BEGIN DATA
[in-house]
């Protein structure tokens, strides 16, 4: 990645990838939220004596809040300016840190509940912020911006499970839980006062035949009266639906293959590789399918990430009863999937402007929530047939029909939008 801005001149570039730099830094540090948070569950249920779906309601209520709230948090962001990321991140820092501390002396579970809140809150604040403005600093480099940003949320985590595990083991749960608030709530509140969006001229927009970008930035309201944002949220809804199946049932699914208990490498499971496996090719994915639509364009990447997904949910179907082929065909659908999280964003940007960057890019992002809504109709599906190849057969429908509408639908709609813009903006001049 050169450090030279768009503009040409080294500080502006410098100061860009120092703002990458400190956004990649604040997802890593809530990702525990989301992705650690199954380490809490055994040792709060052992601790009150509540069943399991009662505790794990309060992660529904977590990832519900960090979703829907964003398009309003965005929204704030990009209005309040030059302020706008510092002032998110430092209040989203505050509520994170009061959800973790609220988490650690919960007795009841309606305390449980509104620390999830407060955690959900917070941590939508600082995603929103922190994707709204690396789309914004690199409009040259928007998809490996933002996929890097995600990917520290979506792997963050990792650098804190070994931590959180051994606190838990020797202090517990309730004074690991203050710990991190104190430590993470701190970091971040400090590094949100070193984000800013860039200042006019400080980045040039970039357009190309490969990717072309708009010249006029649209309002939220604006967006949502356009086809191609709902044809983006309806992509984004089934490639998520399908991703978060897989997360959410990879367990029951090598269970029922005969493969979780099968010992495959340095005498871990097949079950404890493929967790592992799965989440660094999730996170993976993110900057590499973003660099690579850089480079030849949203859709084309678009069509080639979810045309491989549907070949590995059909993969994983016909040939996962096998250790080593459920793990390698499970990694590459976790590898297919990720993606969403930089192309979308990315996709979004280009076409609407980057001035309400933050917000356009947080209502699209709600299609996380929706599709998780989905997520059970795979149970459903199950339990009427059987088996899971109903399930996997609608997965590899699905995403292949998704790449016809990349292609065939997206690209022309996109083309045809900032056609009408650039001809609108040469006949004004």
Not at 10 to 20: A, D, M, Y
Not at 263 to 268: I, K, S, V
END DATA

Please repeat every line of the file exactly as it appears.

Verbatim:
[in-house]
């Protein structure tokens, strides 16, 4: 990645990838939220004596809040300016840190509940912020911006499970839980006062035949009266639906293959590789399918990430009863999937402007929530047939029909939008 801005001149570039730099830094540090948070569950249920779906309601209520709230948090962001990321991140820092501390002396579970809140809150604040403005600093480099940003949320985590595990083991749960608030709530509140969006001229927009970008930035309201944002949220809804199946049932699914208990490498499971496996090719994915639509364009990447997904949910179907082929065909659908999280964003940007960057890019992002809504109709599906190849057969429908509408639908709609813009903006001049 050169450090030279768009503009040409080294500080502006410098100061860009120092703002990458400190956004990649604040997802890593809530990702525990989301992705650690199954380490809490055994040792709060052992601790009150509540069943399991009662505790794990309060992660529904977590990832519900960090979703829907964003398009309003965005929204704030990009209005309040030059302020706008510092002032998110430092209040989203505050509520994170009061959800973790609220988490650690919960007795009841309606305390449980509104620390999830407060955690959900917070941590939508600082995603929103922190994707709204690396789309914004690199409009040259928007998809490996933002996929890097995600990917520290979506792997963050990792650098804190070994931590959180051994606190838990020797202090517990309730004074690991203050710990991190104190430590993470701190970091971040400090590094949100070193984000800013860039200042006019400080980045040039970039357009190309490969990717072309708009010249006029649209309002939220604006967006949502356009086809191609709902044809983006309806992509984004089934490639998520399908991703978060897989997360959410990879367990029951090598269970029922005969493969979780099968010992495959340095005498871990097949079950404890493929967790592992799965989440660094999730996170993976993110900057590499973003660099690579850089480079030849949203859709084309678009069509080639979810045309491989549907070949590995059909993969994983016909040939996962096998250790080593459920793990390698499970990694590459976790590898297919990720993606969403930089192309979308990315996709979004280009076409609407980057001035309400933050917000356009947080209502699209709600299609996380929706599709998780989905997520059970795979149970459903199950339990009427059987088996899971109903399930996997609608997965590899699905995403292949998704790449016809990349292609065939997206690209022309996109083309045809900032056609009408650039001809609108040469006949004004």
Not at 10 to 20: A, D, M, Y
Not at 263 to 268: I, K, S, V